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Pakistan Deals with the Taliban, Obama Remains Silent

February 19, 2009 Leave a comment

Three days ago the Pakistani government made headlines when it announced a deal that it would accept a system of Islamic law in the Swat valley and effectively concede the area to Taliban militants. While the Obama administration has remained silent on the issue, officials have admitted that it is a major setback for U.S. goals and an admission that the Pakistani government is incapable of defending the western part of the country from the encroaching Taliban.

While this accord seems to fly in the face of the Obama administration’s goals in the region, two days have passed and a Washington Post article reports that the accord seems to have stalled, perhaps due to pressure from the West.

The government’s position on the deal remained unclear, creating further anxiety. President Zardari, reportedly under pressure from the West, went a second day without signing the pact of making public the details of the law system.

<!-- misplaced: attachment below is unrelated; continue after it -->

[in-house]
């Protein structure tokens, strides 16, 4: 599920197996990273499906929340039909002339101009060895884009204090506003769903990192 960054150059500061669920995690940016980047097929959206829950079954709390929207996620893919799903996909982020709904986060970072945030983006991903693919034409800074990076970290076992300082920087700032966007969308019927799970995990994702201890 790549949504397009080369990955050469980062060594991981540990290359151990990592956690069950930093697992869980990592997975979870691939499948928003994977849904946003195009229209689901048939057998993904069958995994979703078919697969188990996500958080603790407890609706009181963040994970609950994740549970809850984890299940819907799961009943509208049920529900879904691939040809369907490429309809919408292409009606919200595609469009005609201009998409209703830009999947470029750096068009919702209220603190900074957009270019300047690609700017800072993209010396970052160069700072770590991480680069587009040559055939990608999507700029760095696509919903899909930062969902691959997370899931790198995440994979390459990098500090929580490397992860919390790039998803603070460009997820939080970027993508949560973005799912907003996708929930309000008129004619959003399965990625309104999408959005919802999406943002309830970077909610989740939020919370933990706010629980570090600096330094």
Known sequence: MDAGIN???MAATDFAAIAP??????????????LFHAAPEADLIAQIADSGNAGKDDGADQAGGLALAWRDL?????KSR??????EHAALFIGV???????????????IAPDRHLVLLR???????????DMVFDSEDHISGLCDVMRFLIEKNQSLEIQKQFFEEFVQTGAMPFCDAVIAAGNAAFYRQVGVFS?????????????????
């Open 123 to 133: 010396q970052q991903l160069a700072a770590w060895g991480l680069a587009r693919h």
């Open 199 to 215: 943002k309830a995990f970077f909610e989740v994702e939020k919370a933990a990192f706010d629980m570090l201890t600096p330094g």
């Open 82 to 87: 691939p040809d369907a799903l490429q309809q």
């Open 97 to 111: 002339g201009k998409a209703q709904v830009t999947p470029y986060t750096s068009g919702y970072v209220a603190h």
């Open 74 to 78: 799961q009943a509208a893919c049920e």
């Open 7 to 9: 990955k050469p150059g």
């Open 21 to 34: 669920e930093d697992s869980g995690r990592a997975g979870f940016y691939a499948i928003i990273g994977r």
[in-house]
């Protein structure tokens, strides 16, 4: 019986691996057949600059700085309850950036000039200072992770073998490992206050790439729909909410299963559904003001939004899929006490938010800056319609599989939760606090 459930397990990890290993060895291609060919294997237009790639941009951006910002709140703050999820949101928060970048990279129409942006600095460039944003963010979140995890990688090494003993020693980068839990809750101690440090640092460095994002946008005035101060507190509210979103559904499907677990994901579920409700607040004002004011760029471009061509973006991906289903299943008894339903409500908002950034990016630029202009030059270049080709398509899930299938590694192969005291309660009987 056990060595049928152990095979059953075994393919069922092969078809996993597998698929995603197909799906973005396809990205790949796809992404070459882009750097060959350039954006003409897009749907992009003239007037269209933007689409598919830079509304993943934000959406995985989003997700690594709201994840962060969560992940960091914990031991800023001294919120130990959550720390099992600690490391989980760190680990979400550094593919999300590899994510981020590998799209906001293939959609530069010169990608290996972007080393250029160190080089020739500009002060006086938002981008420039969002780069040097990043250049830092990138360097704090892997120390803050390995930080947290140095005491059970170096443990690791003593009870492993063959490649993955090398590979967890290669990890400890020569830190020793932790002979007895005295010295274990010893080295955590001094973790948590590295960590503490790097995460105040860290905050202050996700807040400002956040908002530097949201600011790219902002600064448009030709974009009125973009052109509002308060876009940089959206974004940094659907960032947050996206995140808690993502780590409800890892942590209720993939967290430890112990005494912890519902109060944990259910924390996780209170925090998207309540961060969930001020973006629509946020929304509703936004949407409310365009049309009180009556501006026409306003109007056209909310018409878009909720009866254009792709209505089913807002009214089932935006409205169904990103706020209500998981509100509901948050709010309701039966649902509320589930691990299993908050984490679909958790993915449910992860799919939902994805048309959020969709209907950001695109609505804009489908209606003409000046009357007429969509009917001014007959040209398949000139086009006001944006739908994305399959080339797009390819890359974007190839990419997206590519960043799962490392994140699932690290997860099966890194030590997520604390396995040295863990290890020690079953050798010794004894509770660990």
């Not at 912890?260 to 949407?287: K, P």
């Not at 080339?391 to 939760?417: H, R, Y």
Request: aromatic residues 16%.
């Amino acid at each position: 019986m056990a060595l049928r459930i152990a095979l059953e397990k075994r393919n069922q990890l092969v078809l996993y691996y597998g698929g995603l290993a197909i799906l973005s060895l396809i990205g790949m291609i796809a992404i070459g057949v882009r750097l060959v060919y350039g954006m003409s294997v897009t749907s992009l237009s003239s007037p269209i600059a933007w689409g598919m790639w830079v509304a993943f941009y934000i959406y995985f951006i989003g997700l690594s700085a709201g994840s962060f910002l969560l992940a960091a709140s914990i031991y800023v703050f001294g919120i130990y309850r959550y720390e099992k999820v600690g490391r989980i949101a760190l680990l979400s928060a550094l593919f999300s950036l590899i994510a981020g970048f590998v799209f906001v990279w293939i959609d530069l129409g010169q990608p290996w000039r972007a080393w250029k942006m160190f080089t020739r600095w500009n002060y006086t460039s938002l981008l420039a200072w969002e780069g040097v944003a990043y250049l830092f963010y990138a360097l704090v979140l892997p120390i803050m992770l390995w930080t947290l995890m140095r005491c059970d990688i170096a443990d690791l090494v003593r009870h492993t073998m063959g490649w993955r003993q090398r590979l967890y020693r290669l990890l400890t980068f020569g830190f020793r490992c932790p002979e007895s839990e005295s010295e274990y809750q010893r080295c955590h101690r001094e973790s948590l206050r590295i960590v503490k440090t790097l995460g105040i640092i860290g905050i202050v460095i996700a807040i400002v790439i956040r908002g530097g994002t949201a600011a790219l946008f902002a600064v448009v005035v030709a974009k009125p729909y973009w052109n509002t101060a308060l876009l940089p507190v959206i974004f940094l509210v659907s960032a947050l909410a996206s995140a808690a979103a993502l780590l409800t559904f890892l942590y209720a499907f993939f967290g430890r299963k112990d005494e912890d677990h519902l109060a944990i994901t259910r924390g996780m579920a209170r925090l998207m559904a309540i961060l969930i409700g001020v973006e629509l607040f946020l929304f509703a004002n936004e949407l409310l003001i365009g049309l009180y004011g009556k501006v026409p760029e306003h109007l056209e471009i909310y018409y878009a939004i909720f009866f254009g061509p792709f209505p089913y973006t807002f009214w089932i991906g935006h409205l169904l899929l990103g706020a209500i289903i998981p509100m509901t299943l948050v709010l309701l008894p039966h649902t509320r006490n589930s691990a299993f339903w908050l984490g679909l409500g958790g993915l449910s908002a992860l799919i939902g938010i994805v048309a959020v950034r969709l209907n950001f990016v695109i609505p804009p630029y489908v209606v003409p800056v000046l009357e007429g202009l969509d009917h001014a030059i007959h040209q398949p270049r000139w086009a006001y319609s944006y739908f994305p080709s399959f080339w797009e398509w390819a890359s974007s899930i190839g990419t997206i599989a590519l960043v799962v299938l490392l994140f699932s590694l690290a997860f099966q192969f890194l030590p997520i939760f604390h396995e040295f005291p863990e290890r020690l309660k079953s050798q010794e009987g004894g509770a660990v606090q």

Some local leaders in Swat accuse the national government of sabotaging their chance for peace with the Taliban in the valley. However, despite claims that the inhabitants want peace at any cost, there remains uncertainty as to whether the Taliban will abide by the accord.

In the Swat Valley, a second day of confusion and uncertainty about the pact passed Wednesday, with rising hopes and a jubilant peace march among the local population, followed by the brutal killing of a Pakistani TV journalist, Musa Khan Khel. He was apparently seized and shot by fighters while covering the peace march, despite a Taliban offer of a 10-day cease-fire while elements of the accord are implemented.

While Obama’s recent announcement that he will be sending an additional 17,000 troops to Afghanistan indicates the seriousness with which he is tackling the war, the situation in Pakistan is outside of the U.S. military’s domain. The U.S. has to rely on air strikes from drones and the Pakistani military but the recent accord made with the Taliban in the Swat valley seems to be a blatant attempt on behalf of the Pakistani government at appeasement, risking legitimizing the militants and complicating the U.S. mission in the region.

Delegations from Pakistan and Afghanistan will arrive next week in Washington for high-level talks, but between now and then, the remainder of the 10-day implementation period for the accord will elapse, making the next 7 days critical in shaping how the Obama administration will react.

–Ella Lipin, Trinity ’10

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